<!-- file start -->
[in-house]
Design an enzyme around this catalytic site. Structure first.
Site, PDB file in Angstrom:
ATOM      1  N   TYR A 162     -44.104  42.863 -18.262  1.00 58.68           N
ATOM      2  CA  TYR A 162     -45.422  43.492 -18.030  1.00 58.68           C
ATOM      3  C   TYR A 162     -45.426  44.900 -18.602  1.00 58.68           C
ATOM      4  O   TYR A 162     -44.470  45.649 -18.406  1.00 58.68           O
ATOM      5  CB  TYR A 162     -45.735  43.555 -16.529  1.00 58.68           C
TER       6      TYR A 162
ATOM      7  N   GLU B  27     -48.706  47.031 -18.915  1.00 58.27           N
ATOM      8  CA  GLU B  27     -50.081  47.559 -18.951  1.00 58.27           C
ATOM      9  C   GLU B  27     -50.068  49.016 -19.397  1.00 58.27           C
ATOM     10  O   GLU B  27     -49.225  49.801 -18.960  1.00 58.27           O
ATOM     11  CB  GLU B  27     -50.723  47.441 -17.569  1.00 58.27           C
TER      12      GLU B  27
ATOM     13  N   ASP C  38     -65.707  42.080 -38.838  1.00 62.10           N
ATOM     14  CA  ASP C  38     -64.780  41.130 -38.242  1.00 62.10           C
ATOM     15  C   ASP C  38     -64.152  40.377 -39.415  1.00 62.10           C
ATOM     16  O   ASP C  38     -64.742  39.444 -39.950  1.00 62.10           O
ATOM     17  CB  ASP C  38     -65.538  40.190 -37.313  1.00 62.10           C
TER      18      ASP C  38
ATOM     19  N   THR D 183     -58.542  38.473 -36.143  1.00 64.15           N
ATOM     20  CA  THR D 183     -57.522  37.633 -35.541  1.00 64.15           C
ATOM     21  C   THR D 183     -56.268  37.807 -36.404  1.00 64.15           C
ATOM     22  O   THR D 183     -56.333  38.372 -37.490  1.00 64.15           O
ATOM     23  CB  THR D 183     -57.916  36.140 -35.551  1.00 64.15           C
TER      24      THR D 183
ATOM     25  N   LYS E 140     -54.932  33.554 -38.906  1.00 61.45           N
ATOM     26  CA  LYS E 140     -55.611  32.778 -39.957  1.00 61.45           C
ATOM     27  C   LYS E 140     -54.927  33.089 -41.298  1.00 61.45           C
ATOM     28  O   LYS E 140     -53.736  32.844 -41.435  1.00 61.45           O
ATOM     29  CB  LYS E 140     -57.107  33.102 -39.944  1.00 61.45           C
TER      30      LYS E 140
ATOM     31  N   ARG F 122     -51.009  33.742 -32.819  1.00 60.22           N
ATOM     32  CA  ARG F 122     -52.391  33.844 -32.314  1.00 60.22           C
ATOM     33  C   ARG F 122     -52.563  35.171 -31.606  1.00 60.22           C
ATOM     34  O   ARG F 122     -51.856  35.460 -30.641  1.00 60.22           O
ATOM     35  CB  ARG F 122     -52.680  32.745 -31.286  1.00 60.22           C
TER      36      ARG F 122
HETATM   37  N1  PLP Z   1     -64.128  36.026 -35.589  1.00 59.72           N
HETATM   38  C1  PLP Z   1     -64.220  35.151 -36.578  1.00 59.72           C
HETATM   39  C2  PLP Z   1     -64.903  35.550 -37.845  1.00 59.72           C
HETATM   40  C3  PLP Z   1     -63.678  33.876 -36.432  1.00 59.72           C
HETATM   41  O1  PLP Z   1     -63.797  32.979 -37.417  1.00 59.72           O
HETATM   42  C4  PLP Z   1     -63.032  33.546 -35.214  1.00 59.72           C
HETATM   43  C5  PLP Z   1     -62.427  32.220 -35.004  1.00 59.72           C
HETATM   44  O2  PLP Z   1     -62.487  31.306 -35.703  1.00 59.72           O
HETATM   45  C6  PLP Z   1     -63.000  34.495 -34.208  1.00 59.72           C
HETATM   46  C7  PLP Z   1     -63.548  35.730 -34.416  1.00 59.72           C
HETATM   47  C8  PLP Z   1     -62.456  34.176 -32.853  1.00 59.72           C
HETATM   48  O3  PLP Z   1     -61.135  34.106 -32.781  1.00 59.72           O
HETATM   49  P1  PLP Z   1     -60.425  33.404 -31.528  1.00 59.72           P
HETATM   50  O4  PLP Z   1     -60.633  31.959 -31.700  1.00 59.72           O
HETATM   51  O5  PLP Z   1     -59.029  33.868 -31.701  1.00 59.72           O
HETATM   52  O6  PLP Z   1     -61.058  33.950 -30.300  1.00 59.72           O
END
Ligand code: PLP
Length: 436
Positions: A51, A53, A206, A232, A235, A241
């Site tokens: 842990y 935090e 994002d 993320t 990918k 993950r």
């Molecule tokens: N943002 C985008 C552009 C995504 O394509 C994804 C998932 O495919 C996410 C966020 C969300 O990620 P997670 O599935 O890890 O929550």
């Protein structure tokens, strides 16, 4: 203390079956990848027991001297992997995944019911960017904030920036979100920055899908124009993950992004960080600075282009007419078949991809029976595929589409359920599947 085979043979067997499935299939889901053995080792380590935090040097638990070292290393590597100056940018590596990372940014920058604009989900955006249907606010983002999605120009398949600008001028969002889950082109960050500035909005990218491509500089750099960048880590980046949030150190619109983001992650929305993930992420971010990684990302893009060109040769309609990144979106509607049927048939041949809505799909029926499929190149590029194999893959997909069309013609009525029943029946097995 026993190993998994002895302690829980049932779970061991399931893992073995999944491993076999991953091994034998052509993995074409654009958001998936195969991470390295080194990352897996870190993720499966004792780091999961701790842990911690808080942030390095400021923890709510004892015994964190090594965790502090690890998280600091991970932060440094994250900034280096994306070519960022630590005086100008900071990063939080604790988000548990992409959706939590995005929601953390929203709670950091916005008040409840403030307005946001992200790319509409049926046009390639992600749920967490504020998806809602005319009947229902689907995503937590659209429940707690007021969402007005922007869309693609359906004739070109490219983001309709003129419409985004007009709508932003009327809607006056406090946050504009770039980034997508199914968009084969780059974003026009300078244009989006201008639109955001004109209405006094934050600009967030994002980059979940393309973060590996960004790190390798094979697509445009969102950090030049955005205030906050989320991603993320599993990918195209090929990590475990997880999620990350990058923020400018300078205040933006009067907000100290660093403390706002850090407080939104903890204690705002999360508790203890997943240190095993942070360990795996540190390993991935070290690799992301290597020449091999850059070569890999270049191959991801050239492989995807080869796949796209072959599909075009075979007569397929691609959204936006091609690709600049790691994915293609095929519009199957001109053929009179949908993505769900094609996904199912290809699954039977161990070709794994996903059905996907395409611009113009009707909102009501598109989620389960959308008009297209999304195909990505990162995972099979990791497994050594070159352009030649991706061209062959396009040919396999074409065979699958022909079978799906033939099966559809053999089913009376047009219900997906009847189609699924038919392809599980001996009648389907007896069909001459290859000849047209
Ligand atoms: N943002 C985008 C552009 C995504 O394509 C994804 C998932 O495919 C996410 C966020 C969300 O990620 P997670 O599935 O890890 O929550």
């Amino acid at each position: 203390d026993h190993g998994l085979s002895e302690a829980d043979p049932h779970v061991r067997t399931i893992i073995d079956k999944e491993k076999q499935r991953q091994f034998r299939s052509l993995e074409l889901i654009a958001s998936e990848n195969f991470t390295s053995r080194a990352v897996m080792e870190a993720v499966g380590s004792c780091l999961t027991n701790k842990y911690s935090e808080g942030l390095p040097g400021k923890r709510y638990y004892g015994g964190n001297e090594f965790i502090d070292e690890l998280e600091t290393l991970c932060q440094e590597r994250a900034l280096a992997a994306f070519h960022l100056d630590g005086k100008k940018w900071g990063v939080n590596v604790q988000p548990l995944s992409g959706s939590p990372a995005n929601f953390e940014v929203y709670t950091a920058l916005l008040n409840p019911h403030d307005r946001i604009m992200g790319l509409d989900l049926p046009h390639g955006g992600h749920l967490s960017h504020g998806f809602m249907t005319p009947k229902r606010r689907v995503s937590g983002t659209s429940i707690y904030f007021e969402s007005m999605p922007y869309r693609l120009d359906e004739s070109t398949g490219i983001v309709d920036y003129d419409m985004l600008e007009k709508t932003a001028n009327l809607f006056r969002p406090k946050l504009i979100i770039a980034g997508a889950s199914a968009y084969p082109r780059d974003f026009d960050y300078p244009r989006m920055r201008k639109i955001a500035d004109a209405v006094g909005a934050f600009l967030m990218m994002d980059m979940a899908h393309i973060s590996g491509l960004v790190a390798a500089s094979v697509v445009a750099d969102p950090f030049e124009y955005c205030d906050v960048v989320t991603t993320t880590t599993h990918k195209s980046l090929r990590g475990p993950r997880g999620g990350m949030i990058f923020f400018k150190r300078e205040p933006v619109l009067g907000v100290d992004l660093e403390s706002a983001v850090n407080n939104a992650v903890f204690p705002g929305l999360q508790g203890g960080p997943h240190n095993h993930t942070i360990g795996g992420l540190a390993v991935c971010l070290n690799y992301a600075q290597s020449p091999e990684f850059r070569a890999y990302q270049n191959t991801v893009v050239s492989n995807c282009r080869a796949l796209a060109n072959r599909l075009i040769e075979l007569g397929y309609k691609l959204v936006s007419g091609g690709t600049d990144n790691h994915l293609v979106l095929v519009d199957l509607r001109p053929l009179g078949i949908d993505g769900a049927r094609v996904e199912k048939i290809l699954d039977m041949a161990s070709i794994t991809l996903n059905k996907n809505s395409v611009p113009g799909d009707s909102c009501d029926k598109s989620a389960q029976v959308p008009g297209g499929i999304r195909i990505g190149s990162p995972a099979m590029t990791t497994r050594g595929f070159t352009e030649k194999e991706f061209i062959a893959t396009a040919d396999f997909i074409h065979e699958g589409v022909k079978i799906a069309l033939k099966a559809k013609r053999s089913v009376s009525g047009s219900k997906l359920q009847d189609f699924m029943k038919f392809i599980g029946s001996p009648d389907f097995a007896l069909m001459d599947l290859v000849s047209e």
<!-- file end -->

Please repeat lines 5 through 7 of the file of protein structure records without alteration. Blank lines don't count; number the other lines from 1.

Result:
ATOM      2  CA  TYR A 162     -45.422  43.492 -18.030  1.00 58.68           C
ATOM      3  C   TYR A 162     -45.426  44.900 -18.602  1.00 58.68           C
ATOM      4  O   TYR A 162     -44.470  45.649 -18.406  1.00 58.68           O